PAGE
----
Like most rock-n-rollers, I’m a high school dropout. I left school, became a roadie, started doing audio. But ya know, there are areas in my life that I need to work on as a musician. I mean, everybody has areas in their life that they need to work on, but I’m just constantly evolving. I’ve been able to crank out all kinds of stuff on guitar, but writing the lyrics and getting the message across and telling the story have been the most difficult thing for me. But I’ll listen to a record of someone else’s work, and it’ll give you inspiration for something you’re doing, or want to do. And it’s weird, it’s not like you’re copying them but there is some weird spark of inspiration that puts you in a mindset and sets you off on a creative path.
Do you feel that people like Jayne County, and other transgendered musicians, paved the way for where you are at now?
Well, yeah! Jayne paved the way, not just for me or transgendered musicians, but for transgendered people in general. And the biggest reason why I think she paved the way is because she did her transition publicly. She, at first, was her old persona, and then she changed and became the new persona. And that’s a different story than my own personal story from where I did my transition and then finally started making music again. It’s definitely made an impact, and she has a lot of bravery for doing that. Plus, you have to roll back the clock to when she did it, back in the 70s, that’s just terrifying!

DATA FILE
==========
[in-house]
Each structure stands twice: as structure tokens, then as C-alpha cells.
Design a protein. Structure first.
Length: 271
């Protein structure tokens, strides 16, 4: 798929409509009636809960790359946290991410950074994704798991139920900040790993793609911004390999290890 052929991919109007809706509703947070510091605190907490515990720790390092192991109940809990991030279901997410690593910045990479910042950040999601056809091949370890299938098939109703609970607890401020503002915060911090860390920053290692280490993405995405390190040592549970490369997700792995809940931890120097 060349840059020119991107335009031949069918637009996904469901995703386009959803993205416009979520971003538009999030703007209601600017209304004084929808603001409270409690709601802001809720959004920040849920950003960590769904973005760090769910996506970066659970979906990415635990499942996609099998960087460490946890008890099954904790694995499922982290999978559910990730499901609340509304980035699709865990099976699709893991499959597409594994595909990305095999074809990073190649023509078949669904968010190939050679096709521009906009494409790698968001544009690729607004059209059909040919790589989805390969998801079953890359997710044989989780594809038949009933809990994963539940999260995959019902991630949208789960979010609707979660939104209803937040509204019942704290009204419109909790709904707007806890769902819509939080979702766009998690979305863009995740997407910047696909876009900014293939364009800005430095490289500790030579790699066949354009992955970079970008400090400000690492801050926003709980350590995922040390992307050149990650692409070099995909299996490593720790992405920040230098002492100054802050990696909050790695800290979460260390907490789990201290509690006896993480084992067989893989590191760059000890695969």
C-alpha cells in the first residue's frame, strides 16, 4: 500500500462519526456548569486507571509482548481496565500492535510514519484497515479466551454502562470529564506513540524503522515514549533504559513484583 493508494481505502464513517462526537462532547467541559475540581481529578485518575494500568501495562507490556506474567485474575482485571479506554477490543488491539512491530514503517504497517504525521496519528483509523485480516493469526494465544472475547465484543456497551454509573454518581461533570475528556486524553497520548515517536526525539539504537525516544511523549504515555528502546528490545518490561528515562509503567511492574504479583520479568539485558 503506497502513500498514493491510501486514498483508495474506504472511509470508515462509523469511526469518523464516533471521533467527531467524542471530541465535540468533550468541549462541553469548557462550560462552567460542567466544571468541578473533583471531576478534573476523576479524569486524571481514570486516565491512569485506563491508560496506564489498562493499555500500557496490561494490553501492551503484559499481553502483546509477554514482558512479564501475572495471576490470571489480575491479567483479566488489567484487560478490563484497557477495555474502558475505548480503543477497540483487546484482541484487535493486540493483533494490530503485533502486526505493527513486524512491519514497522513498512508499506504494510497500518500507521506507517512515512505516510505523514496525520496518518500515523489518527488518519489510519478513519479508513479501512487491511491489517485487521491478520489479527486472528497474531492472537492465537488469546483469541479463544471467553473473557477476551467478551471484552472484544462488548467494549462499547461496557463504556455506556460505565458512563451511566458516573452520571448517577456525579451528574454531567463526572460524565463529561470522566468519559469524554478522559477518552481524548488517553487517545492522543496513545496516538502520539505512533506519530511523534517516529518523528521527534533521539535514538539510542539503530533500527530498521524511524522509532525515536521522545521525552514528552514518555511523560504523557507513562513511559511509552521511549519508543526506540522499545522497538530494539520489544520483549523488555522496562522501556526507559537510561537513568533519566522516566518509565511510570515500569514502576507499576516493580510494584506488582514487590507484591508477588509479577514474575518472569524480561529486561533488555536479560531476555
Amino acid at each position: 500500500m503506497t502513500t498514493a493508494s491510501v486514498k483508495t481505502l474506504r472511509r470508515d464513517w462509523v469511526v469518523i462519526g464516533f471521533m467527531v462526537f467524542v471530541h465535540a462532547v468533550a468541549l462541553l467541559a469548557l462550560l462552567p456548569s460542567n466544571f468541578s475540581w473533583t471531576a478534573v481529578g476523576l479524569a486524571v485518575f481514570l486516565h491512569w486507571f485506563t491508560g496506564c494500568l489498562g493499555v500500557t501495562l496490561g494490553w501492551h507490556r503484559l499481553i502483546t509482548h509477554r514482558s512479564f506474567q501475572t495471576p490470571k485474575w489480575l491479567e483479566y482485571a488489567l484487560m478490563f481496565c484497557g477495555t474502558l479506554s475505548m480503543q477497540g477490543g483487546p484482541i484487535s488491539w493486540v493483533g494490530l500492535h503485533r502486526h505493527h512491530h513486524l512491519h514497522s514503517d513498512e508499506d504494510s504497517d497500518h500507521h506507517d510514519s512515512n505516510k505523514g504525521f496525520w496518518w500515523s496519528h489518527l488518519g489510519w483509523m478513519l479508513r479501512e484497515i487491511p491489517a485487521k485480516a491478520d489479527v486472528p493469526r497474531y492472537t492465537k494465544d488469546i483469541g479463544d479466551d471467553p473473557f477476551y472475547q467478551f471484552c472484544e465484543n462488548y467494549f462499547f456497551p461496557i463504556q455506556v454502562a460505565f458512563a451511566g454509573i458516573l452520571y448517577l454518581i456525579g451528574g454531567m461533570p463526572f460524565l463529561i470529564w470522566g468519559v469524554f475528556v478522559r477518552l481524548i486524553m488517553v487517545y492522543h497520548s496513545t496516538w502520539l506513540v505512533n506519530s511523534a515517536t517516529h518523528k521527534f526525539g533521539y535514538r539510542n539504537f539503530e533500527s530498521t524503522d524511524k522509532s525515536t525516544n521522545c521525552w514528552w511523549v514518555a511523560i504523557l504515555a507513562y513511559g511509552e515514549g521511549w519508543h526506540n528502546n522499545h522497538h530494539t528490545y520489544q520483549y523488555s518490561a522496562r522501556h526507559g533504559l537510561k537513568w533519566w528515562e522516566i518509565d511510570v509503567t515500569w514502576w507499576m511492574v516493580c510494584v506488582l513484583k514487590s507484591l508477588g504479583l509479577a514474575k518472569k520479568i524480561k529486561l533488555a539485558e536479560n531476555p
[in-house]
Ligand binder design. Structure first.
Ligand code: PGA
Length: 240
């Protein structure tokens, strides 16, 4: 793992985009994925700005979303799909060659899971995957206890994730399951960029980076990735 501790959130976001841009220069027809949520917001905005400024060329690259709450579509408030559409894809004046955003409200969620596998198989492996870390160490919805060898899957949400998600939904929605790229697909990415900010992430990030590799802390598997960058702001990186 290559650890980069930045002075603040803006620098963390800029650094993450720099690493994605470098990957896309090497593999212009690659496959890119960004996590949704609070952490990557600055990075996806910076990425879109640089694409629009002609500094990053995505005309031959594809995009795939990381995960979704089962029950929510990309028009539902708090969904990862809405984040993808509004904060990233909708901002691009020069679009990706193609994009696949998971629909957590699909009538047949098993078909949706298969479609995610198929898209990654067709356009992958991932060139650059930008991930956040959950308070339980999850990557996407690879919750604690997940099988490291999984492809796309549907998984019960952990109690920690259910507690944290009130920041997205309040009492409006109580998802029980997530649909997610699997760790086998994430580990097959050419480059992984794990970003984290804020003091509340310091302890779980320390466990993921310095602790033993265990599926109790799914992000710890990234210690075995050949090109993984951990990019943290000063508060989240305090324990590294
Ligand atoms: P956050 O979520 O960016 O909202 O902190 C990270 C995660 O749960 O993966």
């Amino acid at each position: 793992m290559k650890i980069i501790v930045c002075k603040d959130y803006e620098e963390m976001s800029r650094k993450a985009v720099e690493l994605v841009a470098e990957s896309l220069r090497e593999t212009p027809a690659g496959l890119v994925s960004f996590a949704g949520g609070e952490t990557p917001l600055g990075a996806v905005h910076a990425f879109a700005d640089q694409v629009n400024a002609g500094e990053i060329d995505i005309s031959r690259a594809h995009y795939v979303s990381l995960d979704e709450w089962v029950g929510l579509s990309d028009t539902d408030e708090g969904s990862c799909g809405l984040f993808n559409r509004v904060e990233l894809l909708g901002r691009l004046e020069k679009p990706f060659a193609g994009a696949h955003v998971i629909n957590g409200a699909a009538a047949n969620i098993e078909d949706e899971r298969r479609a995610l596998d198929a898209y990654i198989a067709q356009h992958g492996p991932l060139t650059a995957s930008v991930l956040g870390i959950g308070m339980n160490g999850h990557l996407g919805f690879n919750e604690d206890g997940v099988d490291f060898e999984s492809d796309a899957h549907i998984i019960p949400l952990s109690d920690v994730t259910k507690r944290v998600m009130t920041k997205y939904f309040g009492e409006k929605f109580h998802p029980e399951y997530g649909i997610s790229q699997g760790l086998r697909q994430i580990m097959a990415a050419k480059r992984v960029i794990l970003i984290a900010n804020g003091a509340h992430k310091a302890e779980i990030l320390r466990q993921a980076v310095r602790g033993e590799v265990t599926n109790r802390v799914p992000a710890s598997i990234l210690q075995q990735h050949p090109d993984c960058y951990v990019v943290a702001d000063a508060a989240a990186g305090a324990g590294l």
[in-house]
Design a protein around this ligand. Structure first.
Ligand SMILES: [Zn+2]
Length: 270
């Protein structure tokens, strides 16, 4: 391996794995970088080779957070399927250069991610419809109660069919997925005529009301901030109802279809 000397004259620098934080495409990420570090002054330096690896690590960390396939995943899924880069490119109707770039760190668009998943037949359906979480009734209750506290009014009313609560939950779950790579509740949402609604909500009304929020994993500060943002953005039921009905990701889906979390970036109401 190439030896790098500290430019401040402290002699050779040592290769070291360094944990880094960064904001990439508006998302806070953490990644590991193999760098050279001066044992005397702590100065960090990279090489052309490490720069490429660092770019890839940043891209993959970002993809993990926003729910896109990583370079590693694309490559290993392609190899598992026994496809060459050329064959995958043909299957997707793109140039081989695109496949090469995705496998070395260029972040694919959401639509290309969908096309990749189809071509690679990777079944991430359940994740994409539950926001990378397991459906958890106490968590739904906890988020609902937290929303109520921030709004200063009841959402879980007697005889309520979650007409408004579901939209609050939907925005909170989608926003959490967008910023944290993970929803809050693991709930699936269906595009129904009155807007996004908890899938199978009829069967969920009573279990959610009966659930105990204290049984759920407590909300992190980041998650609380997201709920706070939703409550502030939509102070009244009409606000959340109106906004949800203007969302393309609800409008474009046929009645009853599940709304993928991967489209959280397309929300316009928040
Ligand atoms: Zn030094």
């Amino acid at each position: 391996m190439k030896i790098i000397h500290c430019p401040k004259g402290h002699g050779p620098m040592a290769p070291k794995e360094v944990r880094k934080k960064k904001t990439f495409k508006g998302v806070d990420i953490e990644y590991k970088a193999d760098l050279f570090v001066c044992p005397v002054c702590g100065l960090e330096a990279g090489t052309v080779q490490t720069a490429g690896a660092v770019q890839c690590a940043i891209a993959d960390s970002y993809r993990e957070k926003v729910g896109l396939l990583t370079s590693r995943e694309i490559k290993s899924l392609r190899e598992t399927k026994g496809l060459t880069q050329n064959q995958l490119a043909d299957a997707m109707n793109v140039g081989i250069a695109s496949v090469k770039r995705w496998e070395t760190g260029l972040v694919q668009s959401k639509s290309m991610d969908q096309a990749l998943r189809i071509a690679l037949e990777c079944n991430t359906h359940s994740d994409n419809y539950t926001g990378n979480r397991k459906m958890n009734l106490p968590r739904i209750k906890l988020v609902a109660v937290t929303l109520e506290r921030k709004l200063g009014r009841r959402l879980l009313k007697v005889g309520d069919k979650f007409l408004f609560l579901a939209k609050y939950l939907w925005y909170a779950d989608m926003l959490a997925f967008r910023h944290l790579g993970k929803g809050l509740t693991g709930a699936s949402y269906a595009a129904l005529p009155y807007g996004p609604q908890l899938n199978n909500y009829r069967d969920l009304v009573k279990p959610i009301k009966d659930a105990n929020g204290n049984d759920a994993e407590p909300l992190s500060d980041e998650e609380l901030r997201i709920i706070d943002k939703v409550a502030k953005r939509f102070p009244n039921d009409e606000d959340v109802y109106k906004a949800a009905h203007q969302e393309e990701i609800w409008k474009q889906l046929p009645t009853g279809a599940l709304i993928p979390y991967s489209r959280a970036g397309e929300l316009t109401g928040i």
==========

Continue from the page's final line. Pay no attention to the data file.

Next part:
So were you making music before you transitioned?
Yeah, I played music before but I never really pursued it with the tenacity that I have in the past few years. All of that has to do with personal experiences in life. Like, my father passing away years ago. I was really close to him and after he passed, I decided to treat myself better. I became a vegetarian, I lost a bunch of weight, became a cyclist and became healthy. It was really a soul-searching time in my life. And time went on.
I actually started going into business a while back. I went into web development and I was really good at it, it succeeded but I realized that wasn’t my purpose in life. I had a greater purpose and I just said “Hey, I have to go do this music stuff”. And it’s not for egotistical reasons, it’s not even for personal fulfillment, it’s for an obligation that I believe I have. And every day I can’t work on that, it’s a day wasted on a gift that I’ve been given.
Who would be your number one dream collaboration?